FOUR LEADING AGENCIES representing providers and commissioners across the health and social care sector have called for `urgent’ talks with Treasury and other Whitehall Departments in the face of a mounting crisis in the care of older and disabled people.
In a letter* to George Osborne (Chancellor), Jeremy Hunt (Department of Health) and Greg Clark (Communities and Local Government) ADASS, NHS Confederation, CPA and CSA state bluntly that the recent Spending Review settlement “is not sufficient to resolve the care funding crisis.
“Ultimately the package put forward for social care will not enable us to fill the current gap in funding, cover additional costs associated with the introduction of the National Living Wage, nor fully meet future growth in demand due to our ageing population.”
Equally dangerously, they warn that some of the resources are back-loaded – with Better Care Funding not reaching levels of any significance until towards the end of this Parliament. “This has significant implications in terms of the vital support needed by older and disabled people and their carers. And It also puts the delivery of the NHS Five Year Forward View – and implementation of the Care Act – at risk.”
The immediate points which, according to the letter, must be addressed, are:
What happened to the £6bn originally which was earmarked for the full implementation of the Care Act?
What steps can be taken to ensure that the proposed 2% levy per year on council tax in the form of a social care precept delivers the money required to ensure the right levels of social care and does so equitably?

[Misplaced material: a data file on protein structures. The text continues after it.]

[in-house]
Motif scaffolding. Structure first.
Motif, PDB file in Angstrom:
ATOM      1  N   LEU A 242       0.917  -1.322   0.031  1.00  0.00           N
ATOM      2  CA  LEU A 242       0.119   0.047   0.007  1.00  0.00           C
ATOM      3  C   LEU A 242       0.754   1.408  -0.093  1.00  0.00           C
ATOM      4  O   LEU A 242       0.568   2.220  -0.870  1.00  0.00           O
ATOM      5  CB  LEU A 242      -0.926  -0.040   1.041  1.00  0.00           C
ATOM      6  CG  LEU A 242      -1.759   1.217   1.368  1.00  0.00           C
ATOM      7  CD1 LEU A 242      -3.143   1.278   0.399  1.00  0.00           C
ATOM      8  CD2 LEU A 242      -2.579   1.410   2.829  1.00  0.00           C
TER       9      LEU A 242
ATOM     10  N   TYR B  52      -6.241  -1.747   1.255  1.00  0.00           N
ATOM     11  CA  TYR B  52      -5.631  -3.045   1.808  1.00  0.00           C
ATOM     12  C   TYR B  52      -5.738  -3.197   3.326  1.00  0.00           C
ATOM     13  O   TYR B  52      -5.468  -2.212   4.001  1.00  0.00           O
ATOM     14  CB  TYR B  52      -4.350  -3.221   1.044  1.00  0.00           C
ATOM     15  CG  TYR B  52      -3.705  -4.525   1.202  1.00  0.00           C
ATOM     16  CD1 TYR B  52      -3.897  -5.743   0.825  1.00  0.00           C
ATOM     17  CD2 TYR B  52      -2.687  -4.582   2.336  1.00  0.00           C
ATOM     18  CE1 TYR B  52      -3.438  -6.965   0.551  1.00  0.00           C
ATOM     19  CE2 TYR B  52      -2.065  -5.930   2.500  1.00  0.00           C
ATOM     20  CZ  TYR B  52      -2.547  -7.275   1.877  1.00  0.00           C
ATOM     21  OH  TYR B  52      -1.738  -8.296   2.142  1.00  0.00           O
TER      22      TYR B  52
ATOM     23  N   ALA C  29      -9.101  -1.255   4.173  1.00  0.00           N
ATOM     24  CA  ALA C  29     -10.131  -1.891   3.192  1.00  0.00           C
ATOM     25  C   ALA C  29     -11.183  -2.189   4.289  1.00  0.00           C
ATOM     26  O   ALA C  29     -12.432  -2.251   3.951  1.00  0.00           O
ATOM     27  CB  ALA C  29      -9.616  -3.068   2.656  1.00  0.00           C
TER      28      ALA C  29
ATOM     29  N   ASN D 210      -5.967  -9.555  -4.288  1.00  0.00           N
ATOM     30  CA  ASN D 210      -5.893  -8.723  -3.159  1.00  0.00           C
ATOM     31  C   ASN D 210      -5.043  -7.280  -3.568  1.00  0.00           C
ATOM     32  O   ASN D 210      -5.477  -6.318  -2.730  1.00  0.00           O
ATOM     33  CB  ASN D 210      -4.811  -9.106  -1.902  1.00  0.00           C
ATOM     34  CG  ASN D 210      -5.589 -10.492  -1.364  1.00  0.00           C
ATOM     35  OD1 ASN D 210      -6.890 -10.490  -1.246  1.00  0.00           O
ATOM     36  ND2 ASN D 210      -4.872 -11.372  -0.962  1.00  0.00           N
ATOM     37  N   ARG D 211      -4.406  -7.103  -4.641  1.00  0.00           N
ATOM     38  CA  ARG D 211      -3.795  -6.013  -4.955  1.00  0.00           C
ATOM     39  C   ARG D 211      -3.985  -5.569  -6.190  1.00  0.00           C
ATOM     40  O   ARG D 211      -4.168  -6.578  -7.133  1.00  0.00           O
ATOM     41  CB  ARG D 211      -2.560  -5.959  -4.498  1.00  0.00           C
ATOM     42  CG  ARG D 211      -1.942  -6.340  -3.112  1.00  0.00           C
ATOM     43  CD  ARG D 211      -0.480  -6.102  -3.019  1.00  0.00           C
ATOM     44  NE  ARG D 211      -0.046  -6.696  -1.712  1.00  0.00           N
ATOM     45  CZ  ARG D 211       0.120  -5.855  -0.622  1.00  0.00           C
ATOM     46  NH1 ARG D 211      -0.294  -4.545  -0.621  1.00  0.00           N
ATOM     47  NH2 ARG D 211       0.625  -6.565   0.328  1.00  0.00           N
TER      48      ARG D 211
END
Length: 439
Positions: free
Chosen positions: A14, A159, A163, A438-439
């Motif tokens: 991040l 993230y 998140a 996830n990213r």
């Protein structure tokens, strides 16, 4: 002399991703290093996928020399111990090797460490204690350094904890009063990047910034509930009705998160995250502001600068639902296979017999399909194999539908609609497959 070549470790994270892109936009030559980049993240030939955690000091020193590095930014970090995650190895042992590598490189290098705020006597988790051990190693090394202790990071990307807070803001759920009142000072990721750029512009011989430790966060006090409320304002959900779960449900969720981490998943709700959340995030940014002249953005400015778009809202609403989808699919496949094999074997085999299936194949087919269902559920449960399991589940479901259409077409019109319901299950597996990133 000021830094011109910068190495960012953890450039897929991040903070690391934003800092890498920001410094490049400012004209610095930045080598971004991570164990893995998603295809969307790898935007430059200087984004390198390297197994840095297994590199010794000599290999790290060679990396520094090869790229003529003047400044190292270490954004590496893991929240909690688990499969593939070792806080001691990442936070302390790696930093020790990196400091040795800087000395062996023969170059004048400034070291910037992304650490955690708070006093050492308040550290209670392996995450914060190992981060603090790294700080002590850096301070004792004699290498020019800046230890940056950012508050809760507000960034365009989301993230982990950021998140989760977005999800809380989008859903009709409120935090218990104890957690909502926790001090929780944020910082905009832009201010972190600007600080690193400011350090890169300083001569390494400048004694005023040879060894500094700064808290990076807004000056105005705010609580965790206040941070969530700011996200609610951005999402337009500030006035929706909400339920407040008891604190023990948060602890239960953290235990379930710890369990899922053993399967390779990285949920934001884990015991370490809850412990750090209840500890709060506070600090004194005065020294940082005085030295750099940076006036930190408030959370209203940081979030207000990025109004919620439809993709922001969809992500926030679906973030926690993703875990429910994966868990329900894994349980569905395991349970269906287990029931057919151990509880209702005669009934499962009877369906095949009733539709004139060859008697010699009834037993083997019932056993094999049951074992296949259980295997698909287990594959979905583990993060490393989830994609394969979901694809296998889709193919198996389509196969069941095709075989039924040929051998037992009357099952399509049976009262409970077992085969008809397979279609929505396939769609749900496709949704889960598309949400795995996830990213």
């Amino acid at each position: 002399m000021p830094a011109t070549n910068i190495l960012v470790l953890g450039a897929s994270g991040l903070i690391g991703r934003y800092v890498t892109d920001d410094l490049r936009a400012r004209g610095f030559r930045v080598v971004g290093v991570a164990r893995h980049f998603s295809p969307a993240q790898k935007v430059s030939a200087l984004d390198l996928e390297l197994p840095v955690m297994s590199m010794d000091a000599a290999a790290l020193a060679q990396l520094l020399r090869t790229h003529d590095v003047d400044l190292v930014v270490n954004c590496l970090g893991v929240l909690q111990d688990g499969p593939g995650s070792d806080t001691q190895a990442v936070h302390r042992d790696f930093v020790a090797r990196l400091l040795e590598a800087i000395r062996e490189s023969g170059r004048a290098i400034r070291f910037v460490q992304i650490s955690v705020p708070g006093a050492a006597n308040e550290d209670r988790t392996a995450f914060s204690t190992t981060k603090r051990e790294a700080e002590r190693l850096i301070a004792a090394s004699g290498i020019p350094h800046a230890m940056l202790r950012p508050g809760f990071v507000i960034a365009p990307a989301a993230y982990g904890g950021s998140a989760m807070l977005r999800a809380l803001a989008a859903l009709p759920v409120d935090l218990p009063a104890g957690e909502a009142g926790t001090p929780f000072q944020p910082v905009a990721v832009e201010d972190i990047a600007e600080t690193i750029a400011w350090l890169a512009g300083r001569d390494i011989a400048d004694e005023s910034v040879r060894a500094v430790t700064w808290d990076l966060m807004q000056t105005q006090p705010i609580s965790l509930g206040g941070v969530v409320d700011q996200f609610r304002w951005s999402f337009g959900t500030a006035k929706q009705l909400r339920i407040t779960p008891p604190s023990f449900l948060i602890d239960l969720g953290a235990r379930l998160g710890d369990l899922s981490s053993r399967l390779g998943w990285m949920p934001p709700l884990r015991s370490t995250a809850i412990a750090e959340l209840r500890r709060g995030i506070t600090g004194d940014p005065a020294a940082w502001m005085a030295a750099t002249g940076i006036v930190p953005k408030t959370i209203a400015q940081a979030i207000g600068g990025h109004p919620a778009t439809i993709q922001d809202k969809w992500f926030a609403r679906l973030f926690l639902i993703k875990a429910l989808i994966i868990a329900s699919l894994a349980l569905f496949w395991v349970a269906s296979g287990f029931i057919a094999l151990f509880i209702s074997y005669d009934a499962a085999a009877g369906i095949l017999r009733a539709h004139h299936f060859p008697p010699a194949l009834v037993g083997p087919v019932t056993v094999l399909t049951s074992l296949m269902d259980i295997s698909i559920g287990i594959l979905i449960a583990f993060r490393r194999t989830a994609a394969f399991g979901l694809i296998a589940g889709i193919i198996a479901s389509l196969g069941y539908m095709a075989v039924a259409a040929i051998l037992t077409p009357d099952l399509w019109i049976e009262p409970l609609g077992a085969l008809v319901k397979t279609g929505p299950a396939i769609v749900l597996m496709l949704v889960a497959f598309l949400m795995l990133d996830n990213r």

What steps can be taken, given the wider spending review settlement for local government, to support councils to address the shortfall?
And it concludes: “If we do not collectively address the highlighted issues relating to levels of and phasing of funding there is the potential for significant and adverse impacts, including:
An increasing number of older people, disabled people and their carers without any, or without sufficient support to meet their needs;
An acceleration of the failure of domiciliary, residential and nursing home providers. This is likely to accelerate fastest in those areas of the country where providers are predominantly reliant on state funded clients. These are exactly the areas of the country that additionally will raise the least areas of council tax. The impact of this will be the compounding of the number of people who do not have their needs met, or who are avoidably admitted or remain in hospital; and
An increasing pressure on the NHS with more people admitted to hospital and more delays to get people home safely.
“As you made clear in your speech to parliament ‘a civilised and prosperous society like ours should support its most vulnerable and elderly citizens.’ This is a goal that we all share and we are keen to work with you and your colleagues to ensure that this becomes a reality.”